For Palmer, however, making rum was always his "true calling". In fact, he's been doing it for more than half of his life. "There is something about it that just ensnared me; something with the process and how you could take raw ingredients and really make them your own," he says, explaining that it's "a curiosity that beckons to you like a bright light in the night". He relishes the process, and the hard work that's required along the way. "A truly great spirit is something that is nurtured from start to finish — no shortcuts," he notes, explaining how Illegal Tender guides its 100-percent Australian ingredients through the brewing stage, then through fermentation, then double distillation, and finally through maturation.
In 2020, Illegal Tender has been making something else as well: hand sanitiser. Add that to the big changes that have marked Palmer's rum-distilling path — but, while unexpected, it's one he'll always cherish. "It saw us help thousands of vulnerable people in our area, and that's something that we will be proud of for the rest of our days," he says. Indeed, it has allowed him to support a community that has supported him. "Without it, we simply would not be around. When we began our journey, it was the local support we received from the very beginning that made us feel like we were a part of a greater family," he explains. "Being local should be something all producers are proud of… and supporting locals should be at the forefront of people's minds in this day and age."
SWAPPING THE BAROSSA VALLEY FOR WA'S GREAT SOUTHERN REGION
Unlike his fellow Local Luvvas winners, Ferngrove Wines' Craig Grafton didn't experience a stint in mining before following his vino dreams. But he still probably wouldn't have predicted that he'd become the chief winemaker at a Western Australian vineyard — especially given that he grew up north of South Australia's Barossa Valley; has spent time working in the Yarra and Clare valleys, Geelong and Bellarine, and Mildura; and has also plied his trade in the Bordeaux region of Southern France, in California's Sonoma Valley, and also in Nashik in India and Ningxia in China.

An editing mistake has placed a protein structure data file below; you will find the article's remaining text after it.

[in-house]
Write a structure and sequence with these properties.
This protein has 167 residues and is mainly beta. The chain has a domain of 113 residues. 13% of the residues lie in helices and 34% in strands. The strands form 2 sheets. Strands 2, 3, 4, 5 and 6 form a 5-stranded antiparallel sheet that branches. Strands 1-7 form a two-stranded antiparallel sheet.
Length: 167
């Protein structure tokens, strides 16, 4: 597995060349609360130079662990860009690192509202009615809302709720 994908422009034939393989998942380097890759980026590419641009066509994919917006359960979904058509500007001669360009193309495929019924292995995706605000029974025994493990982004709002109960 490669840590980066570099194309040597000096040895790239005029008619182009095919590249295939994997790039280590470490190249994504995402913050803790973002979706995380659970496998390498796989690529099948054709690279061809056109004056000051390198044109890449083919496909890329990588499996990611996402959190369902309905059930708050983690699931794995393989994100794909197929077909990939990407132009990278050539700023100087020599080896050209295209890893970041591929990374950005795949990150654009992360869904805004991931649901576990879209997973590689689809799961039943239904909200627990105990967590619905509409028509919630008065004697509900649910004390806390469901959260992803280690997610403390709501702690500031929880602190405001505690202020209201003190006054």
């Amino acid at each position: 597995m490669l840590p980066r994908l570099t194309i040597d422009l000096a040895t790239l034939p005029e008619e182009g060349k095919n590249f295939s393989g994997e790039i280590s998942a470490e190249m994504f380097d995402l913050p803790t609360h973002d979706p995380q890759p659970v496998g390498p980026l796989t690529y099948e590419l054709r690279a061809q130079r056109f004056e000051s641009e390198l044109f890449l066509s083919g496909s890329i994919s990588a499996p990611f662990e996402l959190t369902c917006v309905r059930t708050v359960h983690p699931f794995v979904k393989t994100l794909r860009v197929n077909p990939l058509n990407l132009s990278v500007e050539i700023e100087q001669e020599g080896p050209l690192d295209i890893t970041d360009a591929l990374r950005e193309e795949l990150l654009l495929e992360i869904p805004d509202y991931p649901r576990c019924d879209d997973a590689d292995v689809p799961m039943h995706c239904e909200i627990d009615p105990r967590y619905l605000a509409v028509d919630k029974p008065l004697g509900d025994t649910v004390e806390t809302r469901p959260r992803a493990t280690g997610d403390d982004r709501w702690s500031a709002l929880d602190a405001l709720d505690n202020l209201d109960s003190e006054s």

The move to WA was the result of years of respect for the area, though. "I have always held the Great Southern region in high regard," he says, noting that that's proven true across his 20 years as a winemaker. And if you're going to make a top-notch drop, Grafton believes that you need the very best location. "It is a little clichéd, but it is absolutely true that great wines really are made in the vineyard."
Ferngrove's location since 1998 — where "the cool climate of the Frankland River allows our vines to produce some incredibly intense fruit, and we have relatively warm days which allow the fruit to fully ripen in flavour," as Grafton explains — is a little off the beaten path. It's 360 kilometres south of Perth, in fact. That makes local support crucial for Ferngrove Wines, even before 2020 delivered its challenges. "Being loved as a local winery is what we've been striving for as remotely located vineyard. We have to work a little harder to get our wines out there, and it means that we have to shout and scream at the top of our lungs that we are a winery that's worth tasting, enjoying and seeking out," he says. As a self-confessed wine fanatic, that's a task that Grafton enjoys, however; "the romance, the history, the people, the places that are all involved in wine production made me want to forge a career and lifestyle around this".
To find these or other Western Australian drinks as part of the BWS Local Luvva's initiative, head to your nearest BWS store.
Published on November 20, 2020 by Sarah Ward